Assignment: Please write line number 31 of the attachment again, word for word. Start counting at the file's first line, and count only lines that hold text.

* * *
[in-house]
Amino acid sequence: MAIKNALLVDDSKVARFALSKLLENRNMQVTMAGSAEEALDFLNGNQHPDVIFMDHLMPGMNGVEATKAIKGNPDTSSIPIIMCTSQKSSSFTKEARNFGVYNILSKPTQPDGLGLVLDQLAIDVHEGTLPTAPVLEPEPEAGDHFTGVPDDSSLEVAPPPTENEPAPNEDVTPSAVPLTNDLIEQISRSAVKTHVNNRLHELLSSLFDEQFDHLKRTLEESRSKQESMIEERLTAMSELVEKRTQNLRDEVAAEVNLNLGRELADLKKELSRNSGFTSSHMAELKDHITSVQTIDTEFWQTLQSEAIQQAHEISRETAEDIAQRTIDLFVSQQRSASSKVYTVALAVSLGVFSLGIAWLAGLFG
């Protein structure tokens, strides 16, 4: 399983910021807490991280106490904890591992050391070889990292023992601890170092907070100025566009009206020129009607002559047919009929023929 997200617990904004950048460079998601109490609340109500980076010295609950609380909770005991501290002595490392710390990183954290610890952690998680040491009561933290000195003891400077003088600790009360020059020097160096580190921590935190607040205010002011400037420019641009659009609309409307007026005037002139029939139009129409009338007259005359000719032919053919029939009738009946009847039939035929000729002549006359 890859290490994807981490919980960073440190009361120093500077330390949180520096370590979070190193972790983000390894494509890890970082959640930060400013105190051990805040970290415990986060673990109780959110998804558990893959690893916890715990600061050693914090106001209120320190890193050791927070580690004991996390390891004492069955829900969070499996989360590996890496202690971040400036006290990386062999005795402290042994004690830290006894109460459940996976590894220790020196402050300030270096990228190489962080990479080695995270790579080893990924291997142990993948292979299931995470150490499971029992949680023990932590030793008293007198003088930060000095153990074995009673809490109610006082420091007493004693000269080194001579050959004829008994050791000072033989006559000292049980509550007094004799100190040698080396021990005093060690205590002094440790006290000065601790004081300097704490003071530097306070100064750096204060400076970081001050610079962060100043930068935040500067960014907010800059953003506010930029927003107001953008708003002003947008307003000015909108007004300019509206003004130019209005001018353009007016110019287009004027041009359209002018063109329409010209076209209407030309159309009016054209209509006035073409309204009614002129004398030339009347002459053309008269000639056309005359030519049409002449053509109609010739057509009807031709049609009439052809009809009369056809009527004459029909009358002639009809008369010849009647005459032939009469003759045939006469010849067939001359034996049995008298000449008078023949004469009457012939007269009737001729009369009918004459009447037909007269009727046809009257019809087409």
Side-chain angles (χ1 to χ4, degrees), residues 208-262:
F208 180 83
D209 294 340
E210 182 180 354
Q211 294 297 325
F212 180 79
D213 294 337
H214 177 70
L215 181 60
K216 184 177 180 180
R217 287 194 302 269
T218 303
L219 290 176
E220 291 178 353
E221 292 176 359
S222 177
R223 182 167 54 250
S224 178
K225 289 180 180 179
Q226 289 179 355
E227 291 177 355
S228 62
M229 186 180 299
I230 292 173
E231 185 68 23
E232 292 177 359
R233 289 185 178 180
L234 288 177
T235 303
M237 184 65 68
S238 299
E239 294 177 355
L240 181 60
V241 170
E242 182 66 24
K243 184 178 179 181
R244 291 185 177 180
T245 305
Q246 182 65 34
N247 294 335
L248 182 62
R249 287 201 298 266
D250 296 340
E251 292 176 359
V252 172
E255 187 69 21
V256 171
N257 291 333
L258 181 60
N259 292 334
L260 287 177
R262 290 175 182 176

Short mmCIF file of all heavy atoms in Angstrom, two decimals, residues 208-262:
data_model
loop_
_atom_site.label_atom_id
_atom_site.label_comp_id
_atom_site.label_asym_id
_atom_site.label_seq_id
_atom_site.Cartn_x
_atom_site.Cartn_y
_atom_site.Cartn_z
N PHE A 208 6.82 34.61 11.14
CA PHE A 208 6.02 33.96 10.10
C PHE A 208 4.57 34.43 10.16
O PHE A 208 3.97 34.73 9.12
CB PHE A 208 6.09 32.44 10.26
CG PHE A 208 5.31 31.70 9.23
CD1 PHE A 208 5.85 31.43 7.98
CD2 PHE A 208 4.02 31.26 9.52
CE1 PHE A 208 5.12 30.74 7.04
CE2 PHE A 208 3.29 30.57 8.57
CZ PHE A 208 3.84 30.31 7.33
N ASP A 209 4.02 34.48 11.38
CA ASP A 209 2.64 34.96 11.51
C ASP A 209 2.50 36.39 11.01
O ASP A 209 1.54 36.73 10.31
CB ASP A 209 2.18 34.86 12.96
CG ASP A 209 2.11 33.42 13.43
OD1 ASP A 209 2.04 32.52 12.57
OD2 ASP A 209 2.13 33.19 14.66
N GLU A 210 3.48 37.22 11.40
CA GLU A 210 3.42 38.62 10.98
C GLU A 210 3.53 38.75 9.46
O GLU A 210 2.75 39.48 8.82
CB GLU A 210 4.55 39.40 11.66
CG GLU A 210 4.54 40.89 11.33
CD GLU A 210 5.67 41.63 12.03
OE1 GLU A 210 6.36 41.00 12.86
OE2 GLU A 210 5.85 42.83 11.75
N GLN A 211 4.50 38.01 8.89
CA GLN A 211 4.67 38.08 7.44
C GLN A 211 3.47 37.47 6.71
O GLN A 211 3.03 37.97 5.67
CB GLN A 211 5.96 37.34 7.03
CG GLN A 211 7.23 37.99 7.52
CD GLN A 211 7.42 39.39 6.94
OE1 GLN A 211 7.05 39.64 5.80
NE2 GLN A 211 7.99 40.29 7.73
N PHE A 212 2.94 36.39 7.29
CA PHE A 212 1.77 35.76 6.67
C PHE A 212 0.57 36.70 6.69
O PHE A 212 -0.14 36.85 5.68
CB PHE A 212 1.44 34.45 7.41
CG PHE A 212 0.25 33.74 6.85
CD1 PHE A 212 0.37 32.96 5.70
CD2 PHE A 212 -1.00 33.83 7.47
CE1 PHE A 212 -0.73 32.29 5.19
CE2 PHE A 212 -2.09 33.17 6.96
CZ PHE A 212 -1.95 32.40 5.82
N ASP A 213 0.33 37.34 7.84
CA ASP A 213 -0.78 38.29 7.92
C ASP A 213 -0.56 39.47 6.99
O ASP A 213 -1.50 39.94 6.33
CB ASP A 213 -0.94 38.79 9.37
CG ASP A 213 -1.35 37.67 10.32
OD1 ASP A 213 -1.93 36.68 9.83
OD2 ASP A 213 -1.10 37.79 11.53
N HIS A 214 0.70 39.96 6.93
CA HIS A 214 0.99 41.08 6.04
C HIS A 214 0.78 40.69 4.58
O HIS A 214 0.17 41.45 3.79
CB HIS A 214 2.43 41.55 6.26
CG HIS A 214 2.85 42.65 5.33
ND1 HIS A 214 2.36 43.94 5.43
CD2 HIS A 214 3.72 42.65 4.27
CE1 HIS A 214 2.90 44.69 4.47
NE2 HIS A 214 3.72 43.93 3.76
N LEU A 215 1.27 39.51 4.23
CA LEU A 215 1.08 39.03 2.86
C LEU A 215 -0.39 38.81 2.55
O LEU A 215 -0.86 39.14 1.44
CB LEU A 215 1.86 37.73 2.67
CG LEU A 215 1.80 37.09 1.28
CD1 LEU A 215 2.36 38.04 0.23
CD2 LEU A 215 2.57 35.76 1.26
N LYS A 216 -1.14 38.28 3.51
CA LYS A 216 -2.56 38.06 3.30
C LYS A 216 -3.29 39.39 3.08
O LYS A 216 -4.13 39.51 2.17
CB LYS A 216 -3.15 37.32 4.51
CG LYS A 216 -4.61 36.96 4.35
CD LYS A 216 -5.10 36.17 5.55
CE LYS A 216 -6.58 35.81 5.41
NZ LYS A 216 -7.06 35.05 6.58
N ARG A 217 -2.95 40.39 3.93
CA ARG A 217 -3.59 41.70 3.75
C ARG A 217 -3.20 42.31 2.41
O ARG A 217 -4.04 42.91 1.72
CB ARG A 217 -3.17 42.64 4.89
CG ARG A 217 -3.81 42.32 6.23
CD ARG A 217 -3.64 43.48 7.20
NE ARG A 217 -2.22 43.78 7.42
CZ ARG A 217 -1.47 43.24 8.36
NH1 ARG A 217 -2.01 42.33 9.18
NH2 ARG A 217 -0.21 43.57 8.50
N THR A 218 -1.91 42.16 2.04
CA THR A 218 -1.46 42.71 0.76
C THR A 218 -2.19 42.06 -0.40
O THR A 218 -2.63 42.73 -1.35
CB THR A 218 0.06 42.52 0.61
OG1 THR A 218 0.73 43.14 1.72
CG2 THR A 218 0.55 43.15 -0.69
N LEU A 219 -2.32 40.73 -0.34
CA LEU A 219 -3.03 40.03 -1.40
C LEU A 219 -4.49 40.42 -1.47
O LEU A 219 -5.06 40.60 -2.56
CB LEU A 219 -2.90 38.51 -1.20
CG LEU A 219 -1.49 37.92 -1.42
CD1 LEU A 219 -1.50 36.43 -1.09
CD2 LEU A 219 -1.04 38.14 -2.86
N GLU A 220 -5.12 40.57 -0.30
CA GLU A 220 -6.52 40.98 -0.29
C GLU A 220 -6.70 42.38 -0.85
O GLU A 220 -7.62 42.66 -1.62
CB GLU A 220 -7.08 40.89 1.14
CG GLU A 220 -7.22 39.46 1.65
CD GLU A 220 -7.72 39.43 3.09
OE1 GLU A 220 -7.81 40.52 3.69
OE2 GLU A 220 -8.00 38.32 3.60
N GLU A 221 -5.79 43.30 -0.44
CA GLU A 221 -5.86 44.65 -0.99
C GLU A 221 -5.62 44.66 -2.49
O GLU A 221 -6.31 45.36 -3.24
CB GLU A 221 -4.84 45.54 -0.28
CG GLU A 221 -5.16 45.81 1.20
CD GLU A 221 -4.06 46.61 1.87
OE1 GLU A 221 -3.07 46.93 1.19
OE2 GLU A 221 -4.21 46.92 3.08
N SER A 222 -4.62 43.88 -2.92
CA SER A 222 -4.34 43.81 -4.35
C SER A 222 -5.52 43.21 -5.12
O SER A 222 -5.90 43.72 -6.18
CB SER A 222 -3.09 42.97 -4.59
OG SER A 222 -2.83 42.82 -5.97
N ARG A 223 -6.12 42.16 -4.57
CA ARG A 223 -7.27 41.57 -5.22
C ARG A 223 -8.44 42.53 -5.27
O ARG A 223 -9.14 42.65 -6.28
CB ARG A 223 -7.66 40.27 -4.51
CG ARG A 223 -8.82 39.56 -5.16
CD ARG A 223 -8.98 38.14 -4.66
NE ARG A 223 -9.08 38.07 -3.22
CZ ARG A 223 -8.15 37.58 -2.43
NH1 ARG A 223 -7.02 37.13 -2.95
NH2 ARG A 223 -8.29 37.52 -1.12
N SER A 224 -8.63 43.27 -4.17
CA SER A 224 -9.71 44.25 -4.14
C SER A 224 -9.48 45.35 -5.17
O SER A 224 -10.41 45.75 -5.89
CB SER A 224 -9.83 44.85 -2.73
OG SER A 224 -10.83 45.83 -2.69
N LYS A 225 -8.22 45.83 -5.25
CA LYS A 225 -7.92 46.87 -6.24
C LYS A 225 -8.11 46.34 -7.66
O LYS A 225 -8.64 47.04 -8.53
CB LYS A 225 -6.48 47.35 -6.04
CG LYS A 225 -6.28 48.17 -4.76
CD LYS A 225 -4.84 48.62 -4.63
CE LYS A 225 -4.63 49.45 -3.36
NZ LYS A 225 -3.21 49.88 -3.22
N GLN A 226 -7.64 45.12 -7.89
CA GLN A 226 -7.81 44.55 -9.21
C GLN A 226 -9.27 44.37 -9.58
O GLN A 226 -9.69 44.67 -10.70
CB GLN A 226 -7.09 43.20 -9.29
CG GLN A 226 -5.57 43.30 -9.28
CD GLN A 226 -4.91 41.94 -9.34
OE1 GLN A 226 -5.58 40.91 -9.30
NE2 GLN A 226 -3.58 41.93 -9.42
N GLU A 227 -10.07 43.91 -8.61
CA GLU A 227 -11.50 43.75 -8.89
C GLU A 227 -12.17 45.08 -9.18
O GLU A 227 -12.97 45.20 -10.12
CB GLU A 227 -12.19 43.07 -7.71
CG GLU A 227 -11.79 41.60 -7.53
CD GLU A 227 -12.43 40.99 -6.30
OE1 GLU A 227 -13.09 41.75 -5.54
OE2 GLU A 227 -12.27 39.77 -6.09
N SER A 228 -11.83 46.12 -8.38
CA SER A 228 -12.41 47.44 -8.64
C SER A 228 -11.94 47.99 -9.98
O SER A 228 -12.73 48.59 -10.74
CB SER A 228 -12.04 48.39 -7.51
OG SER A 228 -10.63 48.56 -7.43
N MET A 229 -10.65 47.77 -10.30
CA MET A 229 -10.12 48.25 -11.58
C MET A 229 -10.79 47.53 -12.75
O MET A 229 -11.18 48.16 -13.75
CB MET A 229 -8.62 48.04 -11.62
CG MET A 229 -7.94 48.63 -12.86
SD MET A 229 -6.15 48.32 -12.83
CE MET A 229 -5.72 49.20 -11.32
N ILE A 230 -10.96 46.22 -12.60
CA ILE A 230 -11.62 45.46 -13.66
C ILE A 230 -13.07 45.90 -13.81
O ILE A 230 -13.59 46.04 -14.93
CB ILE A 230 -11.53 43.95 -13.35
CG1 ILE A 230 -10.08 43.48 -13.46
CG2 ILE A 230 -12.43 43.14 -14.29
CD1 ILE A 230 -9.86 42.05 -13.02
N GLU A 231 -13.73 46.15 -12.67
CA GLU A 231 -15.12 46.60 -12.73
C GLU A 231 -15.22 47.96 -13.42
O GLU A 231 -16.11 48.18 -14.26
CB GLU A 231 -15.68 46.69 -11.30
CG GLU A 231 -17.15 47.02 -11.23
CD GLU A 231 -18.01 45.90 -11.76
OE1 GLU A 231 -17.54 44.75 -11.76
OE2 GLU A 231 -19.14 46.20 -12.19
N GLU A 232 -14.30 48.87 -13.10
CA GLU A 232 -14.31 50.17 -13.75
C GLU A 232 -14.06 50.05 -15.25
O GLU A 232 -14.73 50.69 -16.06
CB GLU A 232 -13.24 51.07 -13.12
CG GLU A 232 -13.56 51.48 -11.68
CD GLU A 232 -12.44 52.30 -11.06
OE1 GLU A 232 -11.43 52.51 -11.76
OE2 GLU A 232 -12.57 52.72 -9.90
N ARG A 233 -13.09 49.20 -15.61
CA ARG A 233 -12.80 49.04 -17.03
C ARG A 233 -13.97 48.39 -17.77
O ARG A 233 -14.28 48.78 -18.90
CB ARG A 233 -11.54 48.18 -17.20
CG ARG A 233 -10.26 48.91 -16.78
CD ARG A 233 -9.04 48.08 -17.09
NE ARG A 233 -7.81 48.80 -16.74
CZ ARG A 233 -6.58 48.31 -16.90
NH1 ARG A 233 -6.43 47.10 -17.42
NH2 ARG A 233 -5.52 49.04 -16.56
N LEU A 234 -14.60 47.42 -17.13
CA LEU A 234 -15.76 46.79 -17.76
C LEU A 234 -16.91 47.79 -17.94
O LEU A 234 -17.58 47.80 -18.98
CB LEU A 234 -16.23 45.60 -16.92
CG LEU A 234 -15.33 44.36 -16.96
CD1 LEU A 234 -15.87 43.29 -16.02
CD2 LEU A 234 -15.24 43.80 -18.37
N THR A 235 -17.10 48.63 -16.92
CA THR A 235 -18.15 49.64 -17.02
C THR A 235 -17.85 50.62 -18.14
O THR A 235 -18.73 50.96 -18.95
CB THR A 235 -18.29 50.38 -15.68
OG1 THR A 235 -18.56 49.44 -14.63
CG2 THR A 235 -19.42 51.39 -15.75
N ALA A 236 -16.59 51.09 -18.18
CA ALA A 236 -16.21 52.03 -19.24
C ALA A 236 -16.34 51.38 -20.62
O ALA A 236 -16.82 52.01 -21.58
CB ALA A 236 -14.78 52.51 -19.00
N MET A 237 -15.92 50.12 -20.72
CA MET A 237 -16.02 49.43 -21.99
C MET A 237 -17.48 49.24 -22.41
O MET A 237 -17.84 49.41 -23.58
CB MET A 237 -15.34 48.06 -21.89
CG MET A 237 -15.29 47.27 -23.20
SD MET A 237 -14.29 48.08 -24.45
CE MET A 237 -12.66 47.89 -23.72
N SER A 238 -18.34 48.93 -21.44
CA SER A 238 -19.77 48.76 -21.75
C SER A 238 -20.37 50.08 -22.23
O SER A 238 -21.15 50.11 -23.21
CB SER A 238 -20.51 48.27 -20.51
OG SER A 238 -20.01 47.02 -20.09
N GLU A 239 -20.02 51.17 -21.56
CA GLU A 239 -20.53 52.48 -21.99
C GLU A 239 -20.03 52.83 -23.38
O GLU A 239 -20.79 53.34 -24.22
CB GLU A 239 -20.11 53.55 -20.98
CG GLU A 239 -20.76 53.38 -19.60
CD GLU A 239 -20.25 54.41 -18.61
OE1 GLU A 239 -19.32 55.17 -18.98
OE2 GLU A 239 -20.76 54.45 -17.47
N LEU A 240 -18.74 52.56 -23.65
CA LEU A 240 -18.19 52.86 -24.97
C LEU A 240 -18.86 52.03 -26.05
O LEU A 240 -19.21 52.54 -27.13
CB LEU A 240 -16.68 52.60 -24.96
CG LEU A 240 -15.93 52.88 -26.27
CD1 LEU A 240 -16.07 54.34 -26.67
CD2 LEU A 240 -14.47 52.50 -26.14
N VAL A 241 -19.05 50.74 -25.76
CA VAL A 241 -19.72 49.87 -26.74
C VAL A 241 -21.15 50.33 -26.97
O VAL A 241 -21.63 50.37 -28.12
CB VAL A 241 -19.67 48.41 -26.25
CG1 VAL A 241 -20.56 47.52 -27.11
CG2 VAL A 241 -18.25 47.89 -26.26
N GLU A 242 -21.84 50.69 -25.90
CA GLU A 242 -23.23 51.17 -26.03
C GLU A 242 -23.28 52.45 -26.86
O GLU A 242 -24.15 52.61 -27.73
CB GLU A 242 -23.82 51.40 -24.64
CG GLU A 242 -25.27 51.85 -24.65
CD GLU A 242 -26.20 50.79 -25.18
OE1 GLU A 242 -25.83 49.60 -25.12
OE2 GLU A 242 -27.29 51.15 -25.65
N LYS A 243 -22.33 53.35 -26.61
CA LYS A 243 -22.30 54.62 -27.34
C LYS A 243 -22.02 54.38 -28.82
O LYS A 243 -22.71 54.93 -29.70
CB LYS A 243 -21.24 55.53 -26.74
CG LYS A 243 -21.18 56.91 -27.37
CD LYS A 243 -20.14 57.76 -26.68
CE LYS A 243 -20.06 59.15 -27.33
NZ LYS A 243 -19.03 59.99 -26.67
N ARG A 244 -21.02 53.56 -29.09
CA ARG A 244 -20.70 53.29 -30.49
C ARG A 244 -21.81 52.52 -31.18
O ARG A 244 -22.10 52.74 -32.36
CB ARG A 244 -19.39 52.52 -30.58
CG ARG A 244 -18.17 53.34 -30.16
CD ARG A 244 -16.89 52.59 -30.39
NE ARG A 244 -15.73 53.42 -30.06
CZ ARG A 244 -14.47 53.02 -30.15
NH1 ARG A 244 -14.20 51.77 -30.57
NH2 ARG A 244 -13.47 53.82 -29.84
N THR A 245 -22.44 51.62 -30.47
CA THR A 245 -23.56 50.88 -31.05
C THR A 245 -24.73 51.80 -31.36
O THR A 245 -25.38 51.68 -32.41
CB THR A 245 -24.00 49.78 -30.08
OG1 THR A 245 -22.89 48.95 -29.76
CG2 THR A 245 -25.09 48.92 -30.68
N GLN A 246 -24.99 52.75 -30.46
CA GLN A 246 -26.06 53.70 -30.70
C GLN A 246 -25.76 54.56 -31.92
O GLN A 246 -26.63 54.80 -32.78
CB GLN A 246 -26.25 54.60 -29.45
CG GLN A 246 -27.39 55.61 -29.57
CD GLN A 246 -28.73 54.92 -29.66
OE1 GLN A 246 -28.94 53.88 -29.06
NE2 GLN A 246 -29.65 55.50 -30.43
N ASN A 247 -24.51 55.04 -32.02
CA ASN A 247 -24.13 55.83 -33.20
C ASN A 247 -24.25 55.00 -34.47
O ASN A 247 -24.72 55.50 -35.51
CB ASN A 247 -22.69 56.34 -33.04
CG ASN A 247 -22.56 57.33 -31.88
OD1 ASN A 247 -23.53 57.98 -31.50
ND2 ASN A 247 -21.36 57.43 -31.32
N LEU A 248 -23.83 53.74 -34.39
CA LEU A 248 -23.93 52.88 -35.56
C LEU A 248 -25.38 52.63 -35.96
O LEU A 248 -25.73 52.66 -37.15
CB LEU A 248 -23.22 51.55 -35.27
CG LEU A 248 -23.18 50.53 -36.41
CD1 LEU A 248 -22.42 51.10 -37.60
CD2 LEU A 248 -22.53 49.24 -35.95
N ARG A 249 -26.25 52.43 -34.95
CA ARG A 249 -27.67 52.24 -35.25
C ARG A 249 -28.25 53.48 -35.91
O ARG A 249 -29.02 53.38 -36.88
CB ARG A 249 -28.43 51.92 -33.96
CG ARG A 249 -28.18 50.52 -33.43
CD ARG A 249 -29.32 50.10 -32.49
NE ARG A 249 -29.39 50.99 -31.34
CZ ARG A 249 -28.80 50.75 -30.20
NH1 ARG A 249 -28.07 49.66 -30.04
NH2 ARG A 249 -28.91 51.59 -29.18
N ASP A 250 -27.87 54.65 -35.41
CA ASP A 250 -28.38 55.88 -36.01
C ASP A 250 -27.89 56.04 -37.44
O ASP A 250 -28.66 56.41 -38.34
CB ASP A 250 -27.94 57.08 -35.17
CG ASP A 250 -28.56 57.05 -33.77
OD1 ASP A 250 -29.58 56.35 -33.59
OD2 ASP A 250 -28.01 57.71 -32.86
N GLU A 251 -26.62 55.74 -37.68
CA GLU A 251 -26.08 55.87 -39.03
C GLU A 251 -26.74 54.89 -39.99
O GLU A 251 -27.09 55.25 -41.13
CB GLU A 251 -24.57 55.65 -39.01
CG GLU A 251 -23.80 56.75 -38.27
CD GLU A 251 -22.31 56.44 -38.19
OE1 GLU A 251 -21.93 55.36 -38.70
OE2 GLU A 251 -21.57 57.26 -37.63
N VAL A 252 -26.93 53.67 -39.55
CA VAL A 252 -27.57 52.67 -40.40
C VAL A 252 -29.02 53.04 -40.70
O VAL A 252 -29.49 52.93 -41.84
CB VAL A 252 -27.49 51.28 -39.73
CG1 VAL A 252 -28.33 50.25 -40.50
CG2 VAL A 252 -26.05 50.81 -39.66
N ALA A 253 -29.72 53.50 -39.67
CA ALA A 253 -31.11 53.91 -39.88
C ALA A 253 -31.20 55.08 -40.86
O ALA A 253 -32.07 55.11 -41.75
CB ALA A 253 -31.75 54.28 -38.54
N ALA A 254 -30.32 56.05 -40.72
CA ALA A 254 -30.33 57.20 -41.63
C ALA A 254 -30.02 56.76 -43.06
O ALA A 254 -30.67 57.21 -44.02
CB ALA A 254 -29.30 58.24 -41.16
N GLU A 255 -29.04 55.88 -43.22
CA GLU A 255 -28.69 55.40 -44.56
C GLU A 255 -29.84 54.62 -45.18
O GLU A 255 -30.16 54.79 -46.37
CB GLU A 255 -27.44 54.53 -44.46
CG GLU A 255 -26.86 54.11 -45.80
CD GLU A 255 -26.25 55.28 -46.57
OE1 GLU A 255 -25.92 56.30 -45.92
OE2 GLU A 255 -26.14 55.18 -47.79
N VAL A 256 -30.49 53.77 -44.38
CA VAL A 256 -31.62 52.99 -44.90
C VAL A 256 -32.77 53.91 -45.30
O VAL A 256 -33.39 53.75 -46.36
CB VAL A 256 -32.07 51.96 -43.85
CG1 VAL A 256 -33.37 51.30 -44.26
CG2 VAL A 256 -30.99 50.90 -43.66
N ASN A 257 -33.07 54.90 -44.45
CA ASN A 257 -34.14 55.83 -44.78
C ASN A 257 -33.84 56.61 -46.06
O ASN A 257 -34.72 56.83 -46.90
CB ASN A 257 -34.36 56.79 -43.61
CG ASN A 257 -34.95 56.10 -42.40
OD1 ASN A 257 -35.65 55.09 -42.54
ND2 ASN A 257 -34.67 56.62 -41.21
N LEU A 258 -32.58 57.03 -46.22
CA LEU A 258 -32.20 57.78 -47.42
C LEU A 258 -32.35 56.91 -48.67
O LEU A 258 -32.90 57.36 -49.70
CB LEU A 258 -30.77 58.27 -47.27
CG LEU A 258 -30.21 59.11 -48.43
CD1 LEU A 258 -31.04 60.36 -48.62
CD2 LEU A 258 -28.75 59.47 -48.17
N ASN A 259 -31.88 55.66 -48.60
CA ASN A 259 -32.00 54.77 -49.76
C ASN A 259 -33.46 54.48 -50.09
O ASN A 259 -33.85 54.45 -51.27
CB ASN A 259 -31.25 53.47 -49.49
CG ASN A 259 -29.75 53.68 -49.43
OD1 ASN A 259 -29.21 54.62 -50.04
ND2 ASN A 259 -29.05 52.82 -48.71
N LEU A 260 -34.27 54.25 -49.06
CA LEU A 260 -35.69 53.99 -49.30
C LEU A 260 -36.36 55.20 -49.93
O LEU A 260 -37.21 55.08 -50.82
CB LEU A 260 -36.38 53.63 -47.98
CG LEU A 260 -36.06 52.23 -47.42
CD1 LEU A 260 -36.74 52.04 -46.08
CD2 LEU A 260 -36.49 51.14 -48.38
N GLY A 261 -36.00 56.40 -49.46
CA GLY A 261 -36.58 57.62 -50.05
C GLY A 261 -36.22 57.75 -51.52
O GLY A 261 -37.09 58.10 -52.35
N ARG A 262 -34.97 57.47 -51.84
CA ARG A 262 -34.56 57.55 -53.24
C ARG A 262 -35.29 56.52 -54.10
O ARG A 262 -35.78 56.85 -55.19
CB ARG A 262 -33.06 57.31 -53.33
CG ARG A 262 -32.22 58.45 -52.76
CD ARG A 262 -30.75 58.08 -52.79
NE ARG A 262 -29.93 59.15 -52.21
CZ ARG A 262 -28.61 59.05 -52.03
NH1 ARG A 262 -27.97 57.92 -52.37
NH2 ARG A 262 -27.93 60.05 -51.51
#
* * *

L234 288 177